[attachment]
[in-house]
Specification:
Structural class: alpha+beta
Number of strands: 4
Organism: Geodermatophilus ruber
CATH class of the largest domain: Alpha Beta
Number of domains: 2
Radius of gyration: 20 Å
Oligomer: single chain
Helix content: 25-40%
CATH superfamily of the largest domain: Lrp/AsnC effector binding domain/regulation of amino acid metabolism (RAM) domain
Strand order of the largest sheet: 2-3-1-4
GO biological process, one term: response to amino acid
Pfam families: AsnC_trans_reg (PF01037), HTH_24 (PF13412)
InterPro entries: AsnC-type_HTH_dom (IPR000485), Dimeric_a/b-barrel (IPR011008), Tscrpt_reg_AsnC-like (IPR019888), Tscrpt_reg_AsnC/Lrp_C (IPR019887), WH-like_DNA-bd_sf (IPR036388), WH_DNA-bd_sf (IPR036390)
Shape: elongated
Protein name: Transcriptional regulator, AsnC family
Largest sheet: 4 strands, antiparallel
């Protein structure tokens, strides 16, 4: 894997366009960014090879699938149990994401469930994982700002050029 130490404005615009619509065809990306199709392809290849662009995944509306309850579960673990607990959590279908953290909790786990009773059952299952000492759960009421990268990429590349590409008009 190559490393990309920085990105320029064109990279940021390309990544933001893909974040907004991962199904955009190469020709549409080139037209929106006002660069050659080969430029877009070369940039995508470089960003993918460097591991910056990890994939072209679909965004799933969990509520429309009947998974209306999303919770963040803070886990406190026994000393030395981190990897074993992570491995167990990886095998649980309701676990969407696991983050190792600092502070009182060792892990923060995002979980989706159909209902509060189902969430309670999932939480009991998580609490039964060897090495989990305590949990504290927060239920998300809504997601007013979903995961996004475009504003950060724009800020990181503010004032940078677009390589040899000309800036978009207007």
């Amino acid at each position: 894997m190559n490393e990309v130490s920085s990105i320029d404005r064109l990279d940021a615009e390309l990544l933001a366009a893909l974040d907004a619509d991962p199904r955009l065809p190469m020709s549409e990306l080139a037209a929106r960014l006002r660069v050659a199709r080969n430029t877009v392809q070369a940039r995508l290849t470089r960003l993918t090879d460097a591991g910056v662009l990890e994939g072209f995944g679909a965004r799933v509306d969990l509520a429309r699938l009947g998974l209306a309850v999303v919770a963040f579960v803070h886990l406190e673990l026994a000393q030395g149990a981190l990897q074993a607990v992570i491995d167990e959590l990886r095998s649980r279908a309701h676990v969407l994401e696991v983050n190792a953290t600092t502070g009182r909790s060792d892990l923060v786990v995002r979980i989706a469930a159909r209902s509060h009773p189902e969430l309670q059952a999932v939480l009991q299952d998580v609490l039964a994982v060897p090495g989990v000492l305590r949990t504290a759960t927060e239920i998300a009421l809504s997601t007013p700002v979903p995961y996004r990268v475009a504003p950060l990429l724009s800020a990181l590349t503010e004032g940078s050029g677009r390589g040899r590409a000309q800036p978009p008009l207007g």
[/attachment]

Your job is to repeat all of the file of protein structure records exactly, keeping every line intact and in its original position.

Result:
[in-house]
Specification:
Structural class: alpha+beta
Number of strands: 4
Organism: Geodermatophilus ruber
CATH class of the largest domain: Alpha Beta
Number of domains: 2
Radius of gyration: 20 Å
Oligomer: single chain
Helix content: 25-40%
CATH superfamily of the largest domain: Lrp/AsnC effector binding domain/regulation of amino acid metabolism (RAM) domain
Strand order of the largest sheet: 2-3-1-4
GO biological process, one term: response to amino acid
Pfam families: AsnC_trans_reg (PF01037), HTH_24 (PF13412)
InterPro entries: AsnC-type_HTH_dom (IPR000485), Dimeric_a/b-barrel (IPR011008), Tscrpt_reg_AsnC-like (IPR019888), Tscrpt_reg_AsnC/Lrp_C (IPR019887), WH-like_DNA-bd_sf (IPR036388), WH_DNA-bd_sf (IPR036390)
Shape: elongated
Protein name: Transcriptional regulator, AsnC family
Largest sheet: 4 strands, antiparallel
């Protein structure tokens, strides 16, 4: 894997366009960014090879699938149990994401469930994982700002050029 130490404005615009619509065809990306199709392809290849662009995944509306309850579960673990607990959590279908953290909790786990009773059952299952000492759960009421990268990429590349590409008009 190559490393990309920085990105320029064109990279940021390309990544933001893909974040907004991962199904955009190469020709549409080139037209929106006002660069050659080969430029877009070369940039995508470089960003993918460097591991910056990890994939072209679909965004799933969990509520429309009947998974209306999303919770963040803070886990406190026994000393030395981190990897074993992570491995167990990886095998649980309701676990969407696991983050190792600092502070009182060792892990923060995002979980989706159909209902509060189902969430309670999932939480009991998580609490039964060897090495989990305590949990504290927060239920998300809504997601007013979903995961996004475009504003950060724009800020990181503010004032940078677009390589040899000309800036978009207007």
């Amino acid at each position: 894997m190559n490393e990309v130490s920085s990105i320029d404005r064109l990279d940021a615009e390309l990544l933001a366009a893909l974040d907004a619509d991962p199904r955009l065809p190469m020709s549409e990306l080139a037209a929106r960014l006002r660069v050659a199709r080969n430029t877009v392809q070369a940039r995508l290849t470089r960003l993918t090879d460097a591991g910056v662009l990890e994939g072209f995944g679909a965004r799933v509306d969990l509520a429309r699938l009947g998974l209306a309850v999303v919770a963040f579960v803070h886990l406190e673990l026994a000393q030395g149990a981190l990897q074993a607990v992570i491995d167990e959590l990886r095998s649980r279908a309701h676990v969407l994401e696991v983050n190792a953290t600092t502070g009182r909790s060792d892990l923060v786990v995002r979980i989706a469930a159909r209902s509060h009773p189902e969430l309670q059952a999932v939480l009991q299952d998580v609490l039964a994982v060897p090495g989990v000492l305590r949990t504290a759960t927060e239920i998300a009421l809504s997601t007013p700002v979903p995961y996004r990268v475009a504003p950060l990429l724009s800020a990181l590349t503010e004032g940078s050029g677009r390589g040899r590409a000309q800036p978009p008009l207007g």